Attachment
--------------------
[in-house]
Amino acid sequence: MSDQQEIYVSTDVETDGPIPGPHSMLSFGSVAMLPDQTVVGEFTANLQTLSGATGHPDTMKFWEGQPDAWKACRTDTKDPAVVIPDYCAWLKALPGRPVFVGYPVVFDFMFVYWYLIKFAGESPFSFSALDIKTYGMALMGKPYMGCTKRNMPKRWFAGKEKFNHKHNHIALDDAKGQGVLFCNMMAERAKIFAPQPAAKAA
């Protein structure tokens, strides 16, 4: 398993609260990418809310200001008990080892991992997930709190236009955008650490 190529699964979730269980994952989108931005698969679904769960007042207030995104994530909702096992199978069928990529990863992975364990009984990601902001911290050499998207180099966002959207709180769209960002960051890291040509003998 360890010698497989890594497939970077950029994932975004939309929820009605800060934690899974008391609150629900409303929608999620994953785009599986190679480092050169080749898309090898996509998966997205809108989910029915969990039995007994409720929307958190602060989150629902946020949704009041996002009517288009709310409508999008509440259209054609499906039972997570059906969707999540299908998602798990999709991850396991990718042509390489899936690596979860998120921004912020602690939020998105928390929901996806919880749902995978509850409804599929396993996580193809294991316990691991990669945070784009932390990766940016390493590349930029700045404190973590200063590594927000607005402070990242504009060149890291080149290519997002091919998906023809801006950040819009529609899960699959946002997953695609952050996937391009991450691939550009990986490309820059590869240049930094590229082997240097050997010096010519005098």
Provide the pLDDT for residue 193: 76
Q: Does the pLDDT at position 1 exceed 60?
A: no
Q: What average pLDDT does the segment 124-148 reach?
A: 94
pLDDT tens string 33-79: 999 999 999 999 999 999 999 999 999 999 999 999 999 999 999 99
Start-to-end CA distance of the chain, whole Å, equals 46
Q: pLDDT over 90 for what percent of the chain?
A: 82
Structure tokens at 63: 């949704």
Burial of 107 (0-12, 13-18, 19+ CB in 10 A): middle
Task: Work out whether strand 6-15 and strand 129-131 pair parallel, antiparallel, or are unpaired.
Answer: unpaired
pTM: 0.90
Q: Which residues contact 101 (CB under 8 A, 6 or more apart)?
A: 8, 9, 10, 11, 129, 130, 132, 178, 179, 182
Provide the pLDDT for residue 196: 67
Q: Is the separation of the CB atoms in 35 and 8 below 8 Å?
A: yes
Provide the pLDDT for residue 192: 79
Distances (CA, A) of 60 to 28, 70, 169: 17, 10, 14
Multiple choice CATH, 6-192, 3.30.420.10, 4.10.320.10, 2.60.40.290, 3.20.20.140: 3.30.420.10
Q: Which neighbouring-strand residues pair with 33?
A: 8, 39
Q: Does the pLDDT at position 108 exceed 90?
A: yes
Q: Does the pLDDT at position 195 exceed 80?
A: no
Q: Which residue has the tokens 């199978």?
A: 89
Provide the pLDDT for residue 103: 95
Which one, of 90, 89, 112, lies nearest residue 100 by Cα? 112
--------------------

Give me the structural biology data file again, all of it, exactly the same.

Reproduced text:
[in-house]
Amino acid sequence: MSDQQEIYVSTDVETDGPIPGPHSMLSFGSVAMLPDQTVVGEFTANLQTLSGATGHPDTMKFWEGQPDAWKACRTDTKDPAVVIPDYCAWLKALPGRPVFVGYPVVFDFMFVYWYLIKFAGESPFSFSALDIKTYGMALMGKPYMGCTKRNMPKRWFAGKEKFNHKHNHIALDDAKGQGVLFCNMMAERAKIFAPQPAAKAA
């Protein structure tokens, strides 16, 4: 398993609260990418809310200001008990080892991992997930709190236009955008650490 190529699964979730269980994952989108931005698969679904769960007042207030995104994530909702096992199978069928990529990863992975364990009984990601902001911290050499998207180099966002959207709180769209960002960051890291040509003998 360890010698497989890594497939970077950029994932975004939309929820009605800060934690899974008391609150629900409303929608999620994953785009599986190679480092050169080749898309090898996509998966997205809108989910029915969990039995007994409720929307958190602060989150629902946020949704009041996002009517288009709310409508999008509440259209054609499906039972997570059906969707999540299908998602798990999709991850396991990718042509390489899936690596979860998120921004912020602690939020998105928390929901996806919880749902995978509850409804599929396993996580193809294991316990691991990669945070784009932390990766940016390493590349930029700045404190973590200063590594927000607005402070990242504009060149890291080149290519997002091919998906023809801006950040819009529609899960699959946002997953695609952050996937391009991450691939550009990986490309820059590869240049930094590229082997240097050997010096010519005098």
Provide the pLDDT for residue 193: 76
Q: Does the pLDDT at position 1 exceed 60?
A: no
Q: What average pLDDT does the segment 124-148 reach?
A: 94
pLDDT tens string 33-79: 999 999 999 999 999 999 999 999 999 999 999 999 999 999 999 99
Start-to-end CA distance of the chain, whole Å, equals 46
Q: pLDDT over 90 for what percent of the chain?
A: 82
Structure tokens at 63: 């949704």
Burial of 107 (0-12, 13-18, 19+ CB in 10 A): middle
Task: Work out whether strand 6-15 and strand 129-131 pair parallel, antiparallel, or are unpaired.
Answer: unpaired
pTM: 0.90
Q: Which residues contact 101 (CB under 8 A, 6 or more apart)?
A: 8, 9, 10, 11, 129, 130, 132, 178, 179, 182
Provide the pLDDT for residue 196: 67
Q: Is the separation of the CB atoms in 35 and 8 below 8 Å?
A: yes
Provide the pLDDT for residue 192: 79
Distances (CA, A) of 60 to 28, 70, 169: 17, 10, 14
Multiple choice CATH, 6-192, 3.30.420.10, 4.10.320.10, 2.60.40.290, 3.20.20.140: 3.30.420.10
Q: Which neighbouring-strand residues pair with 33?
A: 8, 39
Q: Does the pLDDT at position 108 exceed 90?
A: yes
Q: Does the pLDDT at position 195 exceed 80?
A: no
Q: Which residue has the tokens 């199978």?
A: 89
Provide the pLDDT for residue 103: 95
Which one, of 90, 89, 112, lies nearest residue 100 by Cα? 112